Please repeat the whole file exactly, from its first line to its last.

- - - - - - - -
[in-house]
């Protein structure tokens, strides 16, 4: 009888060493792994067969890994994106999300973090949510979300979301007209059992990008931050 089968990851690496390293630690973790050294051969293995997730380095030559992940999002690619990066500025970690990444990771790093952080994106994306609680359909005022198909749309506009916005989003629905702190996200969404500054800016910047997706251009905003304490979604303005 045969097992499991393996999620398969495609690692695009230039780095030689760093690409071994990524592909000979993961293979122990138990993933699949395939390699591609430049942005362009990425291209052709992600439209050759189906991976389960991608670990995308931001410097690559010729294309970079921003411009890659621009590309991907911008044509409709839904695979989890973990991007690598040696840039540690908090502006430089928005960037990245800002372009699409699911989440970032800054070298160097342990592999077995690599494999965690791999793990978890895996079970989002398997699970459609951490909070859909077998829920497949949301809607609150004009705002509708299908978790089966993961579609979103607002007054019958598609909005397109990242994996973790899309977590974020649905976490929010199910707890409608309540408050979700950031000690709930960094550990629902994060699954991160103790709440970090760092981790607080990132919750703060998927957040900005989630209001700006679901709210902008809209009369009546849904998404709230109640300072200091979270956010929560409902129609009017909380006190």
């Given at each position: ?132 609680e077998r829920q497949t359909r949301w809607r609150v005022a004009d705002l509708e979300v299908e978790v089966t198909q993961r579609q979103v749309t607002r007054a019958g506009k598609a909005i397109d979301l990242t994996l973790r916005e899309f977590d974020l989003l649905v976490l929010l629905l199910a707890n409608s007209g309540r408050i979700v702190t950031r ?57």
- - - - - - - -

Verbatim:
[in-house]
């Protein structure tokens, strides 16, 4: 009888060493792994067969890994994106999300973090949510979300979301007209059992990008931050 089968990851690496390293630690973790050294051969293995997730380095030559992940999002690619990066500025970690990444990771790093952080994106994306609680359909005022198909749309506009916005989003629905702190996200969404500054800016910047997706251009905003304490979604303005 045969097992499991393996999620398969495609690692695009230039780095030689760093690409071994990524592909000979993961293979122990138990993933699949395939390699591609430049942005362009990425291209052709992600439209050759189906991976389960991608670990995308931001410097690559010729294309970079921003411009890659621009590309991907911008044509409709839904695979989890973990991007690598040696840039540690908090502006430089928005960037990245800002372009699409699911989440970032800054070298160097342990592999077995690599494999965690791999793990978890895996079970989002398997699970459609951490909070859909077998829920497949949301809607609150004009705002509708299908978790089966993961579609979103607002007054019958598609909005397109990242994996973790899309977590974020649905976490929010199910707890409608309540408050979700950031000690709930960094550990629902994060699954991160103790709440970090760092981790607080990132919750703060998927957040900005989630209001700006679901709210902008809209009369009546849904998404709230109640300072200091979270956010929560409902129609009017909380006190």
């Given at each position: ?132 609680e077998r829920q497949t359909r949301w809607r609150v005022a004009d705002l509708e979300v299908e978790v089966t198909q993961r579609q979103v749309t607002r007054a019958g506009k598609a909005i397109d979301l990242t994996l973790r916005e899309f977590d974020l989003l649905v976490l929010l629905l199910a707890n409608s007209g309540r408050i979700v702190t950031r ?57």